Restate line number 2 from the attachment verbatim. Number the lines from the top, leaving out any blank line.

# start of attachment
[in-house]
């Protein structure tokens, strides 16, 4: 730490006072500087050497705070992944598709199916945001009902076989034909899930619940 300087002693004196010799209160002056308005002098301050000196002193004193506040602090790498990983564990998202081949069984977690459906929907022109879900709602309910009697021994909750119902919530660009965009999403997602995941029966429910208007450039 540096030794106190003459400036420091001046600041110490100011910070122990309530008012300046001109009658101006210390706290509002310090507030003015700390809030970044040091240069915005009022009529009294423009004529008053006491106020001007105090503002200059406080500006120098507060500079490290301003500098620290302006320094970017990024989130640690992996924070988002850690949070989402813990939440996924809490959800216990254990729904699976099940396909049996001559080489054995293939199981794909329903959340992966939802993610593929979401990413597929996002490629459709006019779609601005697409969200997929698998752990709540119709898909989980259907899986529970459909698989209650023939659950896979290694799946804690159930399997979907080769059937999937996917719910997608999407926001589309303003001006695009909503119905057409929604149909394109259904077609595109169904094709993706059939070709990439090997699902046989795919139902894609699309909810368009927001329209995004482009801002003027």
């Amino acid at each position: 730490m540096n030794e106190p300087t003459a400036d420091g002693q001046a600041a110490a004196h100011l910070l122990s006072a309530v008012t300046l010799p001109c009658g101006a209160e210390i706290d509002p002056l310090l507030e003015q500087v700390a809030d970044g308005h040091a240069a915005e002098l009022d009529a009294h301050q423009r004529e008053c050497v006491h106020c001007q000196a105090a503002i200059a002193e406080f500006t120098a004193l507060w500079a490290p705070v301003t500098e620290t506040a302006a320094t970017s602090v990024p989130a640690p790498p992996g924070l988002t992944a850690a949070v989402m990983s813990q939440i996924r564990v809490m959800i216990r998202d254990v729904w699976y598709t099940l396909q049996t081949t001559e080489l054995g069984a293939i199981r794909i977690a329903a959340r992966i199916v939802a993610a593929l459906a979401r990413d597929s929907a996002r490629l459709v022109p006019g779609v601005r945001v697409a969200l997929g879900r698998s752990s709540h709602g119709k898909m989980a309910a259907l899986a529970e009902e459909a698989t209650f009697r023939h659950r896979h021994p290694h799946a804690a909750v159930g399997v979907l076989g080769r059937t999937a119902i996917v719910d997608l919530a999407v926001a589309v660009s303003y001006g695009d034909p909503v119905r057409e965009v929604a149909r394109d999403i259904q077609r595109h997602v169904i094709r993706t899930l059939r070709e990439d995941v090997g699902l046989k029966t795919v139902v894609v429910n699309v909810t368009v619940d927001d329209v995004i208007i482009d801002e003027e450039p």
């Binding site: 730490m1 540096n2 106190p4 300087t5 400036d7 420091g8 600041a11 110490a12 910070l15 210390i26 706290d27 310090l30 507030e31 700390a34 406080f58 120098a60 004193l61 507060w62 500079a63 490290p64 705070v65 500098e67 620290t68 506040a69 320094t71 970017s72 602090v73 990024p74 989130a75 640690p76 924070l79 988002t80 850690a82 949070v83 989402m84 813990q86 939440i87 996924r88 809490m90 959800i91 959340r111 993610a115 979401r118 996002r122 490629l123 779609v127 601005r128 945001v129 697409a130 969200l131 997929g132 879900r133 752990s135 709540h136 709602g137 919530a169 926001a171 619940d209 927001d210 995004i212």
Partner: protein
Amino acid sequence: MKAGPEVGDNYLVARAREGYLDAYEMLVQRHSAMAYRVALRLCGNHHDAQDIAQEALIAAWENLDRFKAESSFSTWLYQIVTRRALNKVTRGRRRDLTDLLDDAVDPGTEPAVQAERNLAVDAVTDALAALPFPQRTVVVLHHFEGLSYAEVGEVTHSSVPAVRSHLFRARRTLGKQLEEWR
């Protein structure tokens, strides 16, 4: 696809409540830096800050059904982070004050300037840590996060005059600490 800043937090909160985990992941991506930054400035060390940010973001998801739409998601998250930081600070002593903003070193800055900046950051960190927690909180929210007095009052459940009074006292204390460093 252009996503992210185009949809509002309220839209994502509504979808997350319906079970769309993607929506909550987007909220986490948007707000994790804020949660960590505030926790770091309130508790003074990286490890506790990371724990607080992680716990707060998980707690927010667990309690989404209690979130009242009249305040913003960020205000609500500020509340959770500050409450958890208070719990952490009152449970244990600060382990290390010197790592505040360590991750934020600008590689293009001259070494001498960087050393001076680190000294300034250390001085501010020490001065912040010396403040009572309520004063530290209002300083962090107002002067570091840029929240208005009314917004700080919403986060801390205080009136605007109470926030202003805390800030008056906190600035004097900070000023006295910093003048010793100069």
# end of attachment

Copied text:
């Protein structure tokens, strides 16, 4: 730490006072500087050497705070992944598709199916945001009902076989034909899930619940 300087002693004196010799209160002056308005002098301050000196002193004193506040602090790498990983564990998202081949069984977690459906929907022109879900709602309910009697021994909750119902919530660009965009999403997602995941029966429910208007450039 540096030794106190003459400036420091001046600041110490100011910070122990309530008012300046001109009658101006210390706290509002310090507030003015700390809030970044040091240069915005009022009529009294423009004529008053006491106020001007105090503002200059406080500006120098507060500079490290301003500098620290302006320094970017990024989130640690992996924070988002850690949070989402813990939440996924809490959800216990254990729904699976099940396909049996001559080489054995293939199981794909329903959340992966939802993610593929979401990413597929996002490629459709006019779609601005697409969200997929698998752990709540119709898909989980259907899986529970459909698989209650023939659950896979290694799946804690159930399997979907080769059937999937996917719910997608999407926001589309303003001006695009909503119905057409929604149909394109259904077609595109169904094709993706059939070709990439090997699902046989795919139902894609699309909810368009927001329209995004482009801002003027």